James Madison Papers

To James Madison from Thomas Jefferson, 3 April 1794

From Thomas Jefferson

Monticello Apr. 3. 1794.

Dear Sir

Our post having ceased to ride ever since the inoculation began in Richmond till now, I received three days ago, & all together your friendly favors of Mar. 2. 9. 12. 14. and Colo. Monroe’s of Mar. 3. & 16. I have been particularly gratified by the receipt of the papers containing your’s & Smith’s discussion of your regulating propositions. These debates had not been seen here but in a very short & mutilated form. I am at no loss to ascribe Smith’s speech to it’s true father. Every tittle of it is Hamilton’s except the introduction.1 There is scarcely any thing there which I have not heard from him in our various private tho’ official discussions. The very turn of the arguments is the same, and others will see as well as myself that the style is Hamilton’s. The sophistry is too fine, too ingenious even to have been comprehended by Smith, much less devised by him. His reply shews he did not understand his first speech: as it’s general inferiority proves it’s legitimacy as evidently as it does the bastardy of the original. You know we had understood that Hamilton had prepared a Counter-report, & that some of his humble servants in the Senate were to move a reference to him in order to produce it. But I suppose they thought it would have a better effect if fired off in the H. of Representatives. I find the Report however so fully justified that the anxieties with which I left it are perfectly quieted. In this quarter all espouse your propositions with ardour, & without a dissenting voice. The rumor of a declaration of war has given an opportunity of seeing that the people here, tho’ attentive to the loss of value of their produce, in such an event, yet find in it a gratification of some other passions, & particularly of their antient hatred to Gr. Britain. Still I hope it will not come to that: but that the propositions will be carried, and justice be done ourselves in a peaceable way. As to the guarantee of the French islands, whatever doubts may be entertained of the moment at which we ought to interpose yet I have no doubt but that we ought to interpose at a proper time and declare both to England & France that these islands are to rest with France, and that we will make common cause with the latter for that object. As to the naval armament, the land armament, & the Marine fortifications which are in question with you, I have no doubt they will all be carried. Not that the Monocrats & Papermen in Congress want war; but they want armies & debts: and tho’ we may hope that the sound part of Congress is now so augmented as to ensure a majority in cases of general interest merely, yet I have always observed that in questions of expence, where members may hope either for offices or jobs for themselves or their friends, some few will be debauched, & that is sufficient to turn the decision where a majority is at most but small. I have never seen a Philadelphia paper since I left it, till those you inclosed me; and I feel myself so thoroughly weened from the interest I took in the proceedings there, while there, that I have never had a wish to see one, and believe that I never shall take another newspaper of any sort. I find my mind totally absorbed in my rural occupations. We are suffering much for want of rain. Tho’ now at the 3d. of April, you cannot distinguish the wheat feilds of the neighborhood yet from hence. Fruit is hitherto safe. We have at this time some prospect of rain. Asparagus is just come to table. The Lilac in blossom, & the first Whip-poor-will heard last night. No Martin’s yet. I have some hopes Short has sent Cortez’s letters2 for me by Blake.3 Pray ask E. R. if he has. My best affections to Colo. & mrs. Monroe. The correspondence with Hammond has never yet come into this quarter. Accept sincere assurances of affection.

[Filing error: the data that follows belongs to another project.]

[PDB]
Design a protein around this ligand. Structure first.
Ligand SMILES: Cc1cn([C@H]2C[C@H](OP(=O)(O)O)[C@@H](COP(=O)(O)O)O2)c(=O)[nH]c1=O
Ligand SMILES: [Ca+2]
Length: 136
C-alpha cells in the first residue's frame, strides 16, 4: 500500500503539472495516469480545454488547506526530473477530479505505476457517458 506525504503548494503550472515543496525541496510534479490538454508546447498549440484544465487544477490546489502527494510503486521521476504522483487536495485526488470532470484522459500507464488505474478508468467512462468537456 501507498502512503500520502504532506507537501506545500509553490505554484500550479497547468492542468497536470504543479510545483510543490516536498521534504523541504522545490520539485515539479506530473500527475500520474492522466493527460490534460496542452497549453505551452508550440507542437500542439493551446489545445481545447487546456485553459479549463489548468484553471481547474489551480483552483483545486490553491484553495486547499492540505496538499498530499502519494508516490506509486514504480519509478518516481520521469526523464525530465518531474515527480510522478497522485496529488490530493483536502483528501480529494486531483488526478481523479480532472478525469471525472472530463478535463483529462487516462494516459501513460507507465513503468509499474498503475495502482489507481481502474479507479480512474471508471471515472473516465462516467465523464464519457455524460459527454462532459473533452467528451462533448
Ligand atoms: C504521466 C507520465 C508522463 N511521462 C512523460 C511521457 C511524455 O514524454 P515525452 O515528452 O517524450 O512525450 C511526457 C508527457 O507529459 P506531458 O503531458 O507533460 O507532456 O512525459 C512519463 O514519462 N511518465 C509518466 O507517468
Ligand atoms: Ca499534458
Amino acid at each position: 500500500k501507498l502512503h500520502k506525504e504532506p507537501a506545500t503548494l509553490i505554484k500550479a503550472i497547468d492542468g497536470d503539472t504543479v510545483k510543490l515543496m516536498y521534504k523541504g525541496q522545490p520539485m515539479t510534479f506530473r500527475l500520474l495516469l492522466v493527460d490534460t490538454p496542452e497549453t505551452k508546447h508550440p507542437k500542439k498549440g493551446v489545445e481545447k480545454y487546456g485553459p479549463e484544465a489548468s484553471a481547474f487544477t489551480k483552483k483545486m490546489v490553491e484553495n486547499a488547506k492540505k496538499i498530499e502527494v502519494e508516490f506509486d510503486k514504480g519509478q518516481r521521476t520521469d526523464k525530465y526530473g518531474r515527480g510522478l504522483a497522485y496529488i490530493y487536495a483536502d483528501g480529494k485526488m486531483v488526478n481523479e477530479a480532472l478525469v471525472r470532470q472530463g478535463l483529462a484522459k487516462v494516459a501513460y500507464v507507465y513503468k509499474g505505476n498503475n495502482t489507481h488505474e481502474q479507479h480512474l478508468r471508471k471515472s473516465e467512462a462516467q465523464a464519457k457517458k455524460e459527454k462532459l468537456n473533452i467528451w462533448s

Th: Jefferson

RC (DLC: Rives Collection, Madison Papers); FC (DLC: Jefferson Papers).

1Some material for William Loughton Smith’s 13 Jan. speech, opposing JM’s commercial discrimination resolutions, came from Hamilton’s “View of the Commercial Regulations of France and Great Britain in Reference to the United States” of 1792–93 (see Syrett and Cooke, Papers of Hamilton description begins Harold C. Syrett and Jacob E. Cooke, eds., The Papers of Alexander Hamilton (26 vols.; New York, 1961–79). description ends , 13:407, for a discussion of the authorship of Smith’s speech).

2Hernando Cortés, Historia de Nueva-España, ed. Francisco Antonio Lorenzana y Butron (Mexico, 1770). This work contained three letters from Cortés to Emperor Charles V. For a discussion of Jefferson’s efforts to obtain a copy, see Sowerby, Catalogue of Jefferson’s Library, 4:266–69.

3James Blake was a courier who carried diplomatic dispatches between the U.S. government and its commissioners in Madrid, William Short and William Carmichael, who were attempting to negotiate a treaty with Spain (Jefferson to Blake, 12 July 1793 [DLC: Jefferson Papers]).

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